The plot is straightforward: Enterprise is called to Janus VI, a long established mining colony that supplies critical minerals to nearby worlds. After 50 years of uneventful and profitable mining, something begins killing the colonists, dissolving them with a powerful, corrosive acid. The miners' weapons are ineffective, and vital shipments are not going out. Kirk, Spock and McCoy beam down to investigate. Spock quickly figures out that the most likely agent of the attacks is a silicon-based lifeform that moves through rock like humans (or Vulcans) move through air. The only puzzle piece missing is "why?" Why, after a half-century, has the creature begun to attack the miners? Before any progress can be made answering that question, the alien steals the coolant pump of Janus' antiquated fusion reactor, and Kirk faces the utter destruction of the colony if he can't get it back. So Enterprise's entire security detail, Kirk and Spock begin combing the shafts, hunting the creature. Naturally, it's Kirk who stumbles across it but oddly it doesn't immediately attack him. Instead it shows him a wound caused by an earlier phaser shot, and appears to want something. Spock joins Kirk and uses the Vulcan mind meld to communicate with the creature. In the meld, he learns that the alien is a "horta," the last survivor of the previous generation of horta and the guardian of the eggs of the next. It turns out that the miners had recently breached the incubation chambers and were killing thousands; the horta was only trying to protect her children. There's a minor contretemps when the colonists overwhelm the security men and try to kill the alien but when Kirk explains the situation both sides come to a modus vivendi where the horta would live as they had always done, the humans would follow and use the resulting tunnels to extract the ores, and both would share in the profits. All things end happily for all concerned.
Or - realistically - would they?
"The Devil in the Dark" is one of Star Trek's best episodes but it raises some disturbing questions if thought about too deeply.
The first is the question of how "friendly" the horta is. Her change of attitude and good will comes suspiciously fast. Perhaps, having shared minds with Spock, she realized how outclassed she was and how easily Starfleet could wipe out her entire species. She doesn't make nice with the colonists because she realizes what a swell bunch of guys they are but because she's terrified that they'll slaughter her and her children if she doesn't.
And what of the future? The horta are not a hive mind - one consciousness, many bodies. It's hard to imagine that every newborn will accept their mother's solution to the "human infestation." Is is not possible that an insurgency could spring up dedicated to finishing what mom had started? And how would the Federation respond? Or let's consider this: A nonviolent movement arises among the horta that wants the humans off world. It gains enough support so that the Federation is formally asked to leave. How would the UFP respond to that? If the Federation were to live up to its ideals of freedom and noninterference then the answer is obvious: They'd leave. But, as we know all too well in the US, a country's founding ideals often founder on the shores of so-called vital interests and national security. After 50+ years, the interests vested in keeping the Janus mines open would exert enormous pressure on Starfleet to keep them open no matter what. And there's the horta who are OK with humans on Janus. Would Starfleet provide them with aid to suppress the anti-human faction? I can easily see the mining lobby explaining to the Federation Council that the anti-human horta don't represent the species as a whole and have no legitimacy. That Starfleet needs to aid the pro-human side because they're being oppressed.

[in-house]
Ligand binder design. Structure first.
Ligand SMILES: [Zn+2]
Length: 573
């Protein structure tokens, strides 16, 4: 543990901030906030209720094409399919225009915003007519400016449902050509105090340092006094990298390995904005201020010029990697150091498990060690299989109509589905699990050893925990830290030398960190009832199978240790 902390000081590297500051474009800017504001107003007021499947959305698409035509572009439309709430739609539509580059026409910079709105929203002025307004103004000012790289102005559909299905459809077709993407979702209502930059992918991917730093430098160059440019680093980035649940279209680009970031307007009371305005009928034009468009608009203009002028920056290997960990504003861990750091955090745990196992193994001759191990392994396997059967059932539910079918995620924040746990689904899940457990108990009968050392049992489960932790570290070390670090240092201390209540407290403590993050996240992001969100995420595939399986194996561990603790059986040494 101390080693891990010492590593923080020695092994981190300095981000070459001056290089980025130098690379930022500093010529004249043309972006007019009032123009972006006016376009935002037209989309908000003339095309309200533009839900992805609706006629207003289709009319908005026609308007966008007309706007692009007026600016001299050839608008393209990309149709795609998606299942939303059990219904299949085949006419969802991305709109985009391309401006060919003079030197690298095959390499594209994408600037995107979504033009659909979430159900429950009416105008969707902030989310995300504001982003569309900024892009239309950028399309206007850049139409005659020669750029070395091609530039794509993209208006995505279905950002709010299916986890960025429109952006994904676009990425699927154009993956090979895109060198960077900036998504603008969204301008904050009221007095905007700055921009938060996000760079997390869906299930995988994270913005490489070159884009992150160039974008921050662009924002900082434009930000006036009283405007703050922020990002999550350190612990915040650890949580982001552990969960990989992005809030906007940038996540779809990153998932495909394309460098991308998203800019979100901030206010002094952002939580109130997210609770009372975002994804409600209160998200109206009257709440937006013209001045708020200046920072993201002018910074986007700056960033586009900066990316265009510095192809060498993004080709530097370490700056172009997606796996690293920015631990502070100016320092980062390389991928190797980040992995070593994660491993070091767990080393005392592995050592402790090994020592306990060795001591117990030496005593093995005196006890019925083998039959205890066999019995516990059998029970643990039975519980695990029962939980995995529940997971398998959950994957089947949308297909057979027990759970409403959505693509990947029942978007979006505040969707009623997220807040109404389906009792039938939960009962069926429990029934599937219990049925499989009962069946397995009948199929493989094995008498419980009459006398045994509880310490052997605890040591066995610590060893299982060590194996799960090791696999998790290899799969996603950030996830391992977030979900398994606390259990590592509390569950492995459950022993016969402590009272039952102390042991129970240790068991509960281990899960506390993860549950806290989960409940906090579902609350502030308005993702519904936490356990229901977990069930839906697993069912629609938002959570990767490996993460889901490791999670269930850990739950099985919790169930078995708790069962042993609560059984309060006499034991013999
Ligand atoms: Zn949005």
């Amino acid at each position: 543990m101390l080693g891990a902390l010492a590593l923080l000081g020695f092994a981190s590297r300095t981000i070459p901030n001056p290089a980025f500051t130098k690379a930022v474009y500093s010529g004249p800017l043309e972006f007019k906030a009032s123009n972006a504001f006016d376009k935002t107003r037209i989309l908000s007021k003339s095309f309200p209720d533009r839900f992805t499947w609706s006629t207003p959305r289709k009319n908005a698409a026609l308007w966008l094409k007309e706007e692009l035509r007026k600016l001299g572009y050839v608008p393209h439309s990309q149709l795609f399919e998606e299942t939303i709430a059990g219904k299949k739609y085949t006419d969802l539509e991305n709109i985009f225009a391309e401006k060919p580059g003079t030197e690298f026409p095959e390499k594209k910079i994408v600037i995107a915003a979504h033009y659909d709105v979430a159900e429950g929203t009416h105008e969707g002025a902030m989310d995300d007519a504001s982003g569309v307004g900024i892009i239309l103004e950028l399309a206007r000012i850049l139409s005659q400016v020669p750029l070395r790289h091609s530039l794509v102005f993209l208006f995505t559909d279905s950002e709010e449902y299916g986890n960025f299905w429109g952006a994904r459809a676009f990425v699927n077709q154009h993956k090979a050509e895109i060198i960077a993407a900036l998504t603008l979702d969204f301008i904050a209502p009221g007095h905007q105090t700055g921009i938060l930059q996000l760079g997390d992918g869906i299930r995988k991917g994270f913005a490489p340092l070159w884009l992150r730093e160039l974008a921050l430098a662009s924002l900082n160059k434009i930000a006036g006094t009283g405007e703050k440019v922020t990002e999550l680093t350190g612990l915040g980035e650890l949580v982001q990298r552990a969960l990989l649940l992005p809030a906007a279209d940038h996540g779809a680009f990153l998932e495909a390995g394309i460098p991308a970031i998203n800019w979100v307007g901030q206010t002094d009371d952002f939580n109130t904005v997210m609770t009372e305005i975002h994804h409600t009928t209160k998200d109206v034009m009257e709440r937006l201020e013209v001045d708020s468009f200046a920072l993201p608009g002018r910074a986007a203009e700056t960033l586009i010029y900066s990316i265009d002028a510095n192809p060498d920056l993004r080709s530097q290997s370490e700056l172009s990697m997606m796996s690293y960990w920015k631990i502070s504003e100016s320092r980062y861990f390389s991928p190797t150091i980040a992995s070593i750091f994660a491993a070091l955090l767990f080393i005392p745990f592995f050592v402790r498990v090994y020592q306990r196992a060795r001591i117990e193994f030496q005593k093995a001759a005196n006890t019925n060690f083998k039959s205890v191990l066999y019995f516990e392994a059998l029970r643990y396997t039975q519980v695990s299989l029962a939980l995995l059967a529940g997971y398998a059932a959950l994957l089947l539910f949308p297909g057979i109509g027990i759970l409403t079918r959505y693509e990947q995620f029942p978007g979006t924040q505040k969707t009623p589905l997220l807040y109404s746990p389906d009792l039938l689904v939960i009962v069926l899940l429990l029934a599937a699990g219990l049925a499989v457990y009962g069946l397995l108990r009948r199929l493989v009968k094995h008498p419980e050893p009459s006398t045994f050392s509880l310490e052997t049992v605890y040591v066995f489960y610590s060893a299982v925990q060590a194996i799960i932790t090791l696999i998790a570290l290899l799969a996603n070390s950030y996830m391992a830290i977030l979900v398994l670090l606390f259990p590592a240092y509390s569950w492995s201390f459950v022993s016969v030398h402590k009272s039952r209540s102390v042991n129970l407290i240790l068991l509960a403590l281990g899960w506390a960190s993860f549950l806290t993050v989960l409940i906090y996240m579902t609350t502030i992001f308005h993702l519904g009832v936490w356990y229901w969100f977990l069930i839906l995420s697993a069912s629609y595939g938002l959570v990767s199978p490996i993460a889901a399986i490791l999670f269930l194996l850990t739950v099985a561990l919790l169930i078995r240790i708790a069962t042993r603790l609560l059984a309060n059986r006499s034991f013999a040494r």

And let's not even begin to think about what kind of consciousness a silicon-based lifeform that looks like this:
would be like. On its face, to assume the horta perceive and think like humans and Vulcans is absurd.
And what are the effects of a human presence on a silicon-based ecology? Assuming the horta are the only lifeforms is another absurdity never addressed by the episode, there must be a host of other creatures moving through the rock.
The point - if I can dignify this posting with a purpose - is that I've been thinking lately about the survivability of civilization-as-we-know-it and coming to some pretty gloomy conclusions. "The Devil in the Dark" is an example of the exploitative, extractive, consuming-all attitude that characterizes our culture. There's no thought to the long-term consequences of our appetites in our zeal to satisfy our short-term needs, and now that we're running up against the limits of our planet, we're beginning to see the price we and our descendants are going to pay.
Alas, for the days of my youth when Star Trek was just plain old fun to watch.